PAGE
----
1. Keep 8 to 10 seconds behind – This is a fact that many online driving classes will reiterate over and over again, and one of the most important ones to remember. While you’d normally stay around 3 to 4 seconds behind the car in front of you, you’ll need to lengthen this to 8 to 10 seconds when driving in snowy conditions. You never know when the car in front of you may begin to skid, slam on their brakes, or stop, and being any closer than this, you’ll require a fast brake causing you to lose control and risk going into their car or all over the road.
2. All acceleration or deceleration must be slow – In the snow, you’re pretty much always at serious risk of sliding or skidding, and any fast acceleration or deceleration simply heightens it. When picking up a little more speed, or trying to slow down, take it as slowly as possible to keep your traction.
3. Keep watch for other drivers – One thing that many people don’t think about is the other people on the road becoming the big hazards during or after a snowstorm. While you may be great at driving in the snow, that’s not to say the person coming down the other side of the road is, and you may need to act fast to avoid being in a collision if they begin to lose control. Staying vigilant to all the happenings on the road before you is always important, but it’s even more so when you’re sharing the road with those who may not know how to handle conditions.
What Are The Biggest Road Problems Caused By Snow?
There are quite a few road problems caused by snow, but two of the most problematic are a lack of visibility and slippery road conditions. If you think driving in the rain is slippery, the snow is a whole other realm, and even in lighter snow conditions, you can really find yourself sliding all over the road. One second you could be driving straight, and the next, you could be on your way into the ditch on the side of the road.
Whatever friction your tires are able to create on the pavement is taken away in the snow, as a layer of water in a frozen state begins to accumulate on the roadway. Not only is the ability to brake compromised, but the ability to turn, travel uphill, and generally travel safely on the road. While staying off the roads in the snow is always recommended, that’s not something that’s always possible. You could find yourself driving home from work in a snow squall, or needing to leave the home due to an emergency with powder accumulating o the asphalt.
Visibility is also severely hindered in the snow, and this really rings true in heavy snowstorms. Just like heavy rain limits your vision to only a few feet in front of the car, snow does the same thing, and the exceptionally slippery nature of snow can make it extremely difficult to brake effectively should some type of obstruction in the roadway pop up. Pedestrians, stopped vehicles, animals, and other obstructions won’t be visible often until it’s too late, so driving extra slowly in snowy conditions is crucial to your safety and the safety of those around you.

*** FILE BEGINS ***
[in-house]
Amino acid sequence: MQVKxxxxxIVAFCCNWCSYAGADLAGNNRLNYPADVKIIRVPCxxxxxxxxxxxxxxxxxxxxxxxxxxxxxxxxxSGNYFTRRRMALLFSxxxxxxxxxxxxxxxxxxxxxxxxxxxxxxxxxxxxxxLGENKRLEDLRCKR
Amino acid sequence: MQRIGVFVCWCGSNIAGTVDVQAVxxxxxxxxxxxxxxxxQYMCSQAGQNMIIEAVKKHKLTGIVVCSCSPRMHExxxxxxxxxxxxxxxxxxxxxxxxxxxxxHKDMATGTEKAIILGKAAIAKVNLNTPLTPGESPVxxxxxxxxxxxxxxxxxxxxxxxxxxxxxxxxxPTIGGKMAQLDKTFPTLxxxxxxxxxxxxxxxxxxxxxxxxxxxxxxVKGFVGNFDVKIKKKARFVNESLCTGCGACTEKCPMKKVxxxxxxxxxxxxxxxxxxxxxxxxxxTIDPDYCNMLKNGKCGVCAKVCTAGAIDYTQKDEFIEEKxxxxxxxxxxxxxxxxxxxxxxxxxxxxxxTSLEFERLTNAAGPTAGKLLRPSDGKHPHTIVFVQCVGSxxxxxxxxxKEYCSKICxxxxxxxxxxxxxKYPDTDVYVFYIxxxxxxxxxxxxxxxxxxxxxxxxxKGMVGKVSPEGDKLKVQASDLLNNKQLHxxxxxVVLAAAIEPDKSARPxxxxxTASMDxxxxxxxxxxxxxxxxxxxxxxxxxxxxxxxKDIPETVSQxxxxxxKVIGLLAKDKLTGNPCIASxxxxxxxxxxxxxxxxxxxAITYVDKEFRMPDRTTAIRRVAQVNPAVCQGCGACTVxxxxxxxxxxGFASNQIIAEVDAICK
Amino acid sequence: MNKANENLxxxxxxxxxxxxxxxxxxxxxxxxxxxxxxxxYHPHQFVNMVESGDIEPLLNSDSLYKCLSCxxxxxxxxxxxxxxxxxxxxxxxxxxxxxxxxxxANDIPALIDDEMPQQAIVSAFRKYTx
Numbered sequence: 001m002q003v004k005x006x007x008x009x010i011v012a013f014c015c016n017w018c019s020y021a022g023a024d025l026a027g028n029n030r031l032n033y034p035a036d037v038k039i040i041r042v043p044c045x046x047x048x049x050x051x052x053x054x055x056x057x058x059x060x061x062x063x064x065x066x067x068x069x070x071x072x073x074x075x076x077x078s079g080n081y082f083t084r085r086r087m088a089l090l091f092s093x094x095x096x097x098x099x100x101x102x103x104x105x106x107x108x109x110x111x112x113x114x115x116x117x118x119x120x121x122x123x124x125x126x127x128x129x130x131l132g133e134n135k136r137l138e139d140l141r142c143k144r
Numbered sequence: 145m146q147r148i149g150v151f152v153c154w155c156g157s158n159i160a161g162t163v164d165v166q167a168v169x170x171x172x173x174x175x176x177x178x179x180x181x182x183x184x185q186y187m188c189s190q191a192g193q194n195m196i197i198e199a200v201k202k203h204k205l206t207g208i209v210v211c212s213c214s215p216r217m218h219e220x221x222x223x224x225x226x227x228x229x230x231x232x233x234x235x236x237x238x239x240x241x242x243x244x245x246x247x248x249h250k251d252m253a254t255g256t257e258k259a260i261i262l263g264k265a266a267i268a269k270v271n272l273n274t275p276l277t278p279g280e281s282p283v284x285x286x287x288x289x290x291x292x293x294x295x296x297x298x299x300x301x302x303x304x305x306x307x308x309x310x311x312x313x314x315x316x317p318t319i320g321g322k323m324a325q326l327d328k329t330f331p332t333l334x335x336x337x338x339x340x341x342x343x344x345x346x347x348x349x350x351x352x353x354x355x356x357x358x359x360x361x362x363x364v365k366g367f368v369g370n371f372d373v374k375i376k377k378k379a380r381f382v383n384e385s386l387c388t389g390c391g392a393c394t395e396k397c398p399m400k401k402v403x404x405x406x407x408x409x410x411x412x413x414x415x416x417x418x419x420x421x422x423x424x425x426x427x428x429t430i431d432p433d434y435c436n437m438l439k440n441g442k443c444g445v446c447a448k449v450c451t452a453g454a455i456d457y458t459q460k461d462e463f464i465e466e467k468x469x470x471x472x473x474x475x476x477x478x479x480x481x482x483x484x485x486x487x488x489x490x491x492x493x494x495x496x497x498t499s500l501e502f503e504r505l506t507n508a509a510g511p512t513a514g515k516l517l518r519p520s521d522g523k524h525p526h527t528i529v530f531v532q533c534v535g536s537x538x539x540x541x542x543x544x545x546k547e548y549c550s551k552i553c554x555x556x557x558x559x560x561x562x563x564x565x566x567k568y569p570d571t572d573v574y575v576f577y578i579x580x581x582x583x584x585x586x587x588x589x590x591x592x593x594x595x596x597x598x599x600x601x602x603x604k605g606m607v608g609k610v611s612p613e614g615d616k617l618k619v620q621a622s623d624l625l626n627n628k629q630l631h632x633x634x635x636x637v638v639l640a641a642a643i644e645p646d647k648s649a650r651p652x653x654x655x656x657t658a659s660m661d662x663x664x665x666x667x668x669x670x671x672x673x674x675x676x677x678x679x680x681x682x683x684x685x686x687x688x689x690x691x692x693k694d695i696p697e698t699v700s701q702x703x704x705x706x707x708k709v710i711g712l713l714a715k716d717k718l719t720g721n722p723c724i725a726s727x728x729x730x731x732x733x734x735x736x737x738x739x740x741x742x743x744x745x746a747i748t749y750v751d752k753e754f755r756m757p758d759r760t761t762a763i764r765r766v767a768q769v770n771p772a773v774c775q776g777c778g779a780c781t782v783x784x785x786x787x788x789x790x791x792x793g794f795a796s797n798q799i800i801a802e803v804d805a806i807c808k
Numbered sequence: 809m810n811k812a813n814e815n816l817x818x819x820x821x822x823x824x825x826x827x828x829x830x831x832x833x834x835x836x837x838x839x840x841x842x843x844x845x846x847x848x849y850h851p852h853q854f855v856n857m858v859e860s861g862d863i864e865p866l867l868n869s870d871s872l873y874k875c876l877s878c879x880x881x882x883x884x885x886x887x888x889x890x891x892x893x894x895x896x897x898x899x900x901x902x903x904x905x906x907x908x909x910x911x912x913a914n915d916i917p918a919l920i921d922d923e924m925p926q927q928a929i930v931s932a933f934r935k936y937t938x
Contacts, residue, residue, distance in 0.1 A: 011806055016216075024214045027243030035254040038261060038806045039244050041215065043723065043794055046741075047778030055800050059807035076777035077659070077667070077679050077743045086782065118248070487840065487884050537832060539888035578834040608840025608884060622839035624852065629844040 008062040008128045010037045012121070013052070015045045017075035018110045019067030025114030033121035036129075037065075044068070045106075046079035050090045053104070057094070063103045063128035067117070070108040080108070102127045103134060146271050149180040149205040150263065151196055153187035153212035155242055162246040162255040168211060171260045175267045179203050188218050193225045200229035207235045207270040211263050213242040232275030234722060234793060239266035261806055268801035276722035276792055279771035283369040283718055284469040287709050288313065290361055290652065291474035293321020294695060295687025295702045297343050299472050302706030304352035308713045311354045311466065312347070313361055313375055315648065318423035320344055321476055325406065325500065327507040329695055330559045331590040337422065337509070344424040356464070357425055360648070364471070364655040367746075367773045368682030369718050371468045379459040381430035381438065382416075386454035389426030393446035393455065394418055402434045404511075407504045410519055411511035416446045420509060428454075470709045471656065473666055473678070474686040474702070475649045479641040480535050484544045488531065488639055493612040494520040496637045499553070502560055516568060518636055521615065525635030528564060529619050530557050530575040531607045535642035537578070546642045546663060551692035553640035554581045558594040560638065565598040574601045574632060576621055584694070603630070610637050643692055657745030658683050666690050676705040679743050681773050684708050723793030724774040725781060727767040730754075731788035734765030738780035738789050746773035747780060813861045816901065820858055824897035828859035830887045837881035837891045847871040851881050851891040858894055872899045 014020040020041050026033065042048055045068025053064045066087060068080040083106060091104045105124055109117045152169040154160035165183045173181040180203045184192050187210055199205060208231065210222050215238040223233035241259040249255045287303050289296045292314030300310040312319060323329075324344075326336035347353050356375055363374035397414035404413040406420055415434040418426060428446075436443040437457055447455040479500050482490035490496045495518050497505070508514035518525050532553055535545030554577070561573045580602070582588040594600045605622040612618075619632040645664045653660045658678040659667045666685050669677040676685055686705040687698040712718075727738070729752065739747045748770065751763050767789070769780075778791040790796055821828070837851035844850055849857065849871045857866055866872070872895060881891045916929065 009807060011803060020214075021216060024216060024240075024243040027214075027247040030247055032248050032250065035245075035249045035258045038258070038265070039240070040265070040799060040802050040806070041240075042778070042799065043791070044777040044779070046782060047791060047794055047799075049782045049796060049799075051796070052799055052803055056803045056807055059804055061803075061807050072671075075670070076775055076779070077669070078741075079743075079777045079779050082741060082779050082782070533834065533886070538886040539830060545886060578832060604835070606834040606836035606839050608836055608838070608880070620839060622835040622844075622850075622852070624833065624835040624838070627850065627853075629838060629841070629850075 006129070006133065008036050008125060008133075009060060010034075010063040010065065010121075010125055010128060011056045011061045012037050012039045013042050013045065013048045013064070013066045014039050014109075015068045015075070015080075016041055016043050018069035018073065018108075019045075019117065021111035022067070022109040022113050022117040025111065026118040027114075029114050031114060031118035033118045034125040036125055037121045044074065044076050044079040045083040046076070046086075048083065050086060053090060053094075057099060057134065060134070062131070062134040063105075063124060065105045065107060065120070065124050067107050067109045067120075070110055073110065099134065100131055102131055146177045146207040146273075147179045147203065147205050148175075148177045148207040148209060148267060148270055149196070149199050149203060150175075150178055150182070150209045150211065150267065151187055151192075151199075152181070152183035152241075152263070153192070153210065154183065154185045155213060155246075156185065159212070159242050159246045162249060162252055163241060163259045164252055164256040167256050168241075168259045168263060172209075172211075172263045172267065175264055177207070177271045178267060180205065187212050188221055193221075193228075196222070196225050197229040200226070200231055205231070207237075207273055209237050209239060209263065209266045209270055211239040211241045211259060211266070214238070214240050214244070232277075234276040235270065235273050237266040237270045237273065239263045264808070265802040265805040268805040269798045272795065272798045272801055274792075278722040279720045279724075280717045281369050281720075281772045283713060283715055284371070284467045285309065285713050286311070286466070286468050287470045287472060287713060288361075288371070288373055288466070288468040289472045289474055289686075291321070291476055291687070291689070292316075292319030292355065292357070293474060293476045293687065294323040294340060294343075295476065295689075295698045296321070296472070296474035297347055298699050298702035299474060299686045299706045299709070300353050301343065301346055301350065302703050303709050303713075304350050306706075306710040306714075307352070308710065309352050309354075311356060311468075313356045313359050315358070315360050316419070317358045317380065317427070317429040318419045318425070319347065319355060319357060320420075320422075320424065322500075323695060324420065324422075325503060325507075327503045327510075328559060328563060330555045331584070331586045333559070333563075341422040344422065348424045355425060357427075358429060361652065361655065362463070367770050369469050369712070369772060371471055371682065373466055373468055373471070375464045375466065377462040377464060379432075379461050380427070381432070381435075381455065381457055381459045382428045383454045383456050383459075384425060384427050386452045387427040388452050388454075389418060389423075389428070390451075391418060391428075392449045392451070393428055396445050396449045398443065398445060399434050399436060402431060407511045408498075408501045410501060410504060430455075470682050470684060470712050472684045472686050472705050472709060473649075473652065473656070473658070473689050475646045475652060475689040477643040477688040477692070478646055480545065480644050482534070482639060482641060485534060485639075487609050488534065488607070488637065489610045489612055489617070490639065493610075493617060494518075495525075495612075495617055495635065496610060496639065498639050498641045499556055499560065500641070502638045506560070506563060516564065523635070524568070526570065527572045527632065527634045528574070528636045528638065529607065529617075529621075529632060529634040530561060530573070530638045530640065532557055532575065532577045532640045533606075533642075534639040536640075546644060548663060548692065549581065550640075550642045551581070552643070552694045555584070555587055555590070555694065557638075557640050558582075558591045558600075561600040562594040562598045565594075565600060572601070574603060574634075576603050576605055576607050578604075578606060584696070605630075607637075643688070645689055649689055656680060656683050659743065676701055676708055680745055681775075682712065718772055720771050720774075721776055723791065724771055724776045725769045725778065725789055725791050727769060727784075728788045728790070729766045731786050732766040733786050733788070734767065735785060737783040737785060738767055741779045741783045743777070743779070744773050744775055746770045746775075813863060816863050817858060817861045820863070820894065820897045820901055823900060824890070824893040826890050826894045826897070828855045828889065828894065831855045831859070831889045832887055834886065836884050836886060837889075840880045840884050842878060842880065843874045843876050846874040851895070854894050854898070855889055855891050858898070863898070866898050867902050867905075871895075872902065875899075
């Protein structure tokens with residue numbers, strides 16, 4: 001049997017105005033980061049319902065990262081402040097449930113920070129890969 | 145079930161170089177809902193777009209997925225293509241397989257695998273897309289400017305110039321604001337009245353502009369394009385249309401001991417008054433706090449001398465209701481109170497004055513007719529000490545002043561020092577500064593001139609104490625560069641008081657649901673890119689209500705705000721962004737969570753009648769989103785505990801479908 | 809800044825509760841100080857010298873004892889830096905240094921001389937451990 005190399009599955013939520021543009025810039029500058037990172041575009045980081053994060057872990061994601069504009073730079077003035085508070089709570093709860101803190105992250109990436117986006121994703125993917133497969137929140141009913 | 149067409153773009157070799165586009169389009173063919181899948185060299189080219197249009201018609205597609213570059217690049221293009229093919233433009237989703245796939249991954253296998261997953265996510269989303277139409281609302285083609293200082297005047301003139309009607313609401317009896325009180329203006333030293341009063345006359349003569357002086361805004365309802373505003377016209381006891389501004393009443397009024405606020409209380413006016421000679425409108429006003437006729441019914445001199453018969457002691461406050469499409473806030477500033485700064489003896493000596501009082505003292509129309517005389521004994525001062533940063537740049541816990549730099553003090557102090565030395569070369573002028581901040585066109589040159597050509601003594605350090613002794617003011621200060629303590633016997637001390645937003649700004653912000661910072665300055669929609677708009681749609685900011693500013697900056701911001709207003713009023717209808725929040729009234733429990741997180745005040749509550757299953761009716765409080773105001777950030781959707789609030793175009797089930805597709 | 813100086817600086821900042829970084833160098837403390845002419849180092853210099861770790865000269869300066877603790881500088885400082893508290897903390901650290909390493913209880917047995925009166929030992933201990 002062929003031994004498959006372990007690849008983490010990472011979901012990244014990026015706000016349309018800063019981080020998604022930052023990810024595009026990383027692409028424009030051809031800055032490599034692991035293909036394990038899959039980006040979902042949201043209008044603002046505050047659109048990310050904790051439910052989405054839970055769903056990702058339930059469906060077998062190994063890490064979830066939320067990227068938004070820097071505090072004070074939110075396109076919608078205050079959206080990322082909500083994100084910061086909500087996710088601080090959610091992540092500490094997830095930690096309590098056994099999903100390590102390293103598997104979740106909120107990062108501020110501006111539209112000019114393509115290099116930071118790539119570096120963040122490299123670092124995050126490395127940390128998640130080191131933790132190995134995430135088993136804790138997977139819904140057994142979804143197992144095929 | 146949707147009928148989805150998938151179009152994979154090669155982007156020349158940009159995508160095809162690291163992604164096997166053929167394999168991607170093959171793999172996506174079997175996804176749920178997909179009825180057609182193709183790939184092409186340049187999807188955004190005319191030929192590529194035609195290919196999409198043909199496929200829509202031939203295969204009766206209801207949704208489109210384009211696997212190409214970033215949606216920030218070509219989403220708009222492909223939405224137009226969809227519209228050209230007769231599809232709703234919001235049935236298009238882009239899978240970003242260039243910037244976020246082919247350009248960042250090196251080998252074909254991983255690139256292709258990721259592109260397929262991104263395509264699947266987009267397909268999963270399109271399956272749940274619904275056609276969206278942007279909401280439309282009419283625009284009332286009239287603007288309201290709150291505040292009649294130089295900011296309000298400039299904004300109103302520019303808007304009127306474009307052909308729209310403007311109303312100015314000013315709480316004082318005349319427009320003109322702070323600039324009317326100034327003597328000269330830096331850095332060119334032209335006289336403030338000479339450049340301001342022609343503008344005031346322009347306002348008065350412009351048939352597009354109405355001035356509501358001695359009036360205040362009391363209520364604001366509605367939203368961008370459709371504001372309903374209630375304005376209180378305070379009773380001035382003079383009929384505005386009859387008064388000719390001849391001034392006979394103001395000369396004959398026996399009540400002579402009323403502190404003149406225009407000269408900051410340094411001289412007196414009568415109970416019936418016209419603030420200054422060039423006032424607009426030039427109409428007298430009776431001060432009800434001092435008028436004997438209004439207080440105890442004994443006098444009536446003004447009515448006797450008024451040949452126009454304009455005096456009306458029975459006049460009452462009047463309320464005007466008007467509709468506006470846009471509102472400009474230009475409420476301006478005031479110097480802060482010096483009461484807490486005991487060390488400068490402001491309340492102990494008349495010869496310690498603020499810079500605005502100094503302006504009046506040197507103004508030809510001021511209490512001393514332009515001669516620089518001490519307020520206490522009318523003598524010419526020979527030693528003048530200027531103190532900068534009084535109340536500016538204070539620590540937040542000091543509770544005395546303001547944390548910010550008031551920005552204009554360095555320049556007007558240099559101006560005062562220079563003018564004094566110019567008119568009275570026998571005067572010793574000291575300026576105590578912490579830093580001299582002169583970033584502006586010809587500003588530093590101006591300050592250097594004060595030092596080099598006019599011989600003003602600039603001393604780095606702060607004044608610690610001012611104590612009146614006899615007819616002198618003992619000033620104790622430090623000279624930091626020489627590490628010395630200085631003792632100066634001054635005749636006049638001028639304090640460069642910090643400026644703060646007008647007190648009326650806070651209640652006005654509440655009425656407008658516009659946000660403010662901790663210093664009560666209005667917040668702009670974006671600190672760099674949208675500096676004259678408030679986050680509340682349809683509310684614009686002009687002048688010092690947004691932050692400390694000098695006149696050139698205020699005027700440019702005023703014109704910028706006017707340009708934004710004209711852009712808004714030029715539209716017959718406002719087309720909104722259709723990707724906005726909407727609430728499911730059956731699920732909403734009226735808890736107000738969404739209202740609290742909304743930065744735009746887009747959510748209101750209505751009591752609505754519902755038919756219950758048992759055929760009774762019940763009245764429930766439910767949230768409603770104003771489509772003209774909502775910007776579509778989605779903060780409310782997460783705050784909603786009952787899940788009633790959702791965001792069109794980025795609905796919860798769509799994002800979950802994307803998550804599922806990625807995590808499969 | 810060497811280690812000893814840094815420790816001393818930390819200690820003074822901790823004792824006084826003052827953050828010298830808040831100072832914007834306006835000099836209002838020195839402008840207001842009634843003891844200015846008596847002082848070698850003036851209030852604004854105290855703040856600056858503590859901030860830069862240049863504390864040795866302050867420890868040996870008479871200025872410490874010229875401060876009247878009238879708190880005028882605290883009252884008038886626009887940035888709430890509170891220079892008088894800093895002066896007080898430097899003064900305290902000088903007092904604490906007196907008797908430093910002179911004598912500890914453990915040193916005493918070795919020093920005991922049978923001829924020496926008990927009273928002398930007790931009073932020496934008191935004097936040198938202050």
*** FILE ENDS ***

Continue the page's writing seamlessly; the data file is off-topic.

Driving In The Snow Takes Experience
Driving in the snow can seem like something of a foreign concept to many, but the only way to really master (as best you can) the ability to drive in the snow is to do it. The sensation is strange, and it is anxiety inducing, but safe experience really pays off. After a while, you’ll get used to the sensation of driving safely in the snow and be able to navigate, if you must, when snowy conditions are present. Now, even with years of experience, one should always go extra slowly and adhere to all snow driving safety standards, but these standards and strategies become second nature after some time.
It’s dangerous enough when adults are stuck driving in a snowstorm, but when teens are stuck, things become even more dangerous. In some parts of the country, snow is simply another part of the winter season, and in these places, teens will most likely get stuck having to drive in the snow at some time. Online drivers education can help teens to learn and study the strategies of driving in snow and other inclement weather, and provide them with a respect of how dangerous these conditions can be. With this knowledge, these young people will be able to know just what to do to get home if they ever find themselves stuck driving in snowy weather, and they’ll be more likely to make it home safely.
Driving in the snow isn’t something that many enjoy, and it only takes watching one local newscast after a snowstorm to see just what kind of accidents these conditions can cause. By following these few simple tips, and having teens take online drivers ed courses to teach them the strategies they’ll need, you’ll be able to navigate the roadways safely if you ever find yourself in snowy weather. While it is best to stay home when the snow starts falling, it’s not always possible, so it pays to keep yourself prepared!
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